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Cost analysis of Topical Negative Pressure (TNP) Therapy for traumatic acquired wounds

German Medical Science GMS Publishing House
Publication Date
DOI: 10.3205/000102
  • Article
  • Economics
  • Medicine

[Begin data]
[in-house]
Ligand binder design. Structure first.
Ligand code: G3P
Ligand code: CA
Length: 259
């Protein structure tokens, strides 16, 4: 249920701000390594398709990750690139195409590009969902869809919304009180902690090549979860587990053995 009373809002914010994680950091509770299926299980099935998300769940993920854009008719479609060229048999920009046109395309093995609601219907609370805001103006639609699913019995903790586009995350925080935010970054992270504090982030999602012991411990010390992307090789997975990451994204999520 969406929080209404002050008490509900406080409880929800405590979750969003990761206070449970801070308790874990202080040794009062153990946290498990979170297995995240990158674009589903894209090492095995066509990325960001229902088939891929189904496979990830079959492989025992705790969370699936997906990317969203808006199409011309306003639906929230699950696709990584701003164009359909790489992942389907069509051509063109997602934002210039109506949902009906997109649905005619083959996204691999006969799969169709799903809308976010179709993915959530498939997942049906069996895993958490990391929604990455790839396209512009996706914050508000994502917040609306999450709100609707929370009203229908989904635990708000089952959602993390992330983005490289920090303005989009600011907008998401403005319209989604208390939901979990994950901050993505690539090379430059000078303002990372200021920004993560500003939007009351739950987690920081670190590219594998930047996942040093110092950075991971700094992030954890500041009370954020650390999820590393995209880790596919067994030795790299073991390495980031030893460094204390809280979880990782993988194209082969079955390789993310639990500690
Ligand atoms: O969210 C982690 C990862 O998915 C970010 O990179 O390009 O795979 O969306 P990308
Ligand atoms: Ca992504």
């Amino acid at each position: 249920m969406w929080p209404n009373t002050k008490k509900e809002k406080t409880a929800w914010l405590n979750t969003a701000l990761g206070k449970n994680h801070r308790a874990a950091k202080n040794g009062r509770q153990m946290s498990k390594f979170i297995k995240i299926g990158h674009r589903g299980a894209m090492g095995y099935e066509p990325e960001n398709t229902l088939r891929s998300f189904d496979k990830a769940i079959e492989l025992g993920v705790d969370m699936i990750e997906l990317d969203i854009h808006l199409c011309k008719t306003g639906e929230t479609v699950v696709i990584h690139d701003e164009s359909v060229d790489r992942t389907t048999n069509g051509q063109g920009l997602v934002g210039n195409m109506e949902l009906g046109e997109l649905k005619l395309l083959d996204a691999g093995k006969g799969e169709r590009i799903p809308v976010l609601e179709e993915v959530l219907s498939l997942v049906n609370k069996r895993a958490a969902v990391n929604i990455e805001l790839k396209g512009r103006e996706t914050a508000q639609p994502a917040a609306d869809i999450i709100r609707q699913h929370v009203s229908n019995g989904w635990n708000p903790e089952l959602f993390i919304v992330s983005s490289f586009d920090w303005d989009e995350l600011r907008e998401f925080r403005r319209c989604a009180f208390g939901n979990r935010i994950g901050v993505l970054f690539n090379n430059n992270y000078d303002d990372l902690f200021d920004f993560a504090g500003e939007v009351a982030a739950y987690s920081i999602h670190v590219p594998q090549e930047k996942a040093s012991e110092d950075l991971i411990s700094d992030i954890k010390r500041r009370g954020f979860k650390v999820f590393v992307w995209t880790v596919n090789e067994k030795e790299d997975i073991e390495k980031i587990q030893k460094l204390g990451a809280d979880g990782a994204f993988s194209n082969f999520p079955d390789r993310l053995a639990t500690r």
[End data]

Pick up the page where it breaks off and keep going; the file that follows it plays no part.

Extended traumatic wounds require extended reconstructive operations and are accompanied by long hospitalizations and risks of infection, thrombosis and flap loss. In particular, the frequently used Topical Negative Pressure (TNP) Therapy is regarded as cost-intensive. The costs of TNP in the context of traumatic wounds is analyzed using the method of health economic evaluation. All patients (n=67: 45 male, 22 female; average age 54 y) with traumatically acquired wounds being treated with TNP at the university hospital of Goettingen in the period 01/01/2005–31/12/2007 comprise the basis for this analysis. The concept of activity-based costing based on clinical pathways according to InEK (National Institute for the Hospital Remuneration System) systematic calculations was chosen for cost accounting. In addition, a special module system adaptable for individual courses of disease was developed. The treated wounds were located on a lower extremity in 83.7% of cases (n=56) and on an upper extremity in 16.3% of cases (n=11). The average time of hospitalization of the patients was 54 days. Twenty-five patients (37.31%) exceeded the „maximum length of stay“ of their associated DRG (Diagnosis Related Groups). The total PCCL (patient clinical complexity level = patient severity score) of 2.99 reflects the seriousness of disease. For the treatment of the 67 patients, total costs were $1,729,922.32 (1,249,176.91 €). The cost calculation showed a financial deficit of $–210,932.50 (–152,314.36 €). Within the entire treatment costs of $218,848.07 (158,030.19 €), 12.65% per case were created by TNP with material costs of $102,528.74 (74,036 €), representing 5.92% of entire costs. The cost of TNP per patient averaged $3,266.39 (2,358.66 €). The main portion of the costs was not – as is often expected – due to high material costs of TNP but instead to long-term treatments. Because of their complexity, the cases are insufficiently represented in the lump-sum calculation of the InEK. A differentiated integration of complex TNP-treatment in the DRG system (e.g., as an expanded DRG I98Z) would be a step towards cost recovery. In addition, the refunding of outpatient TNP-treatment would lead to enhanced quality of life for the patients and to a reduction of hospital costs and length of stay.

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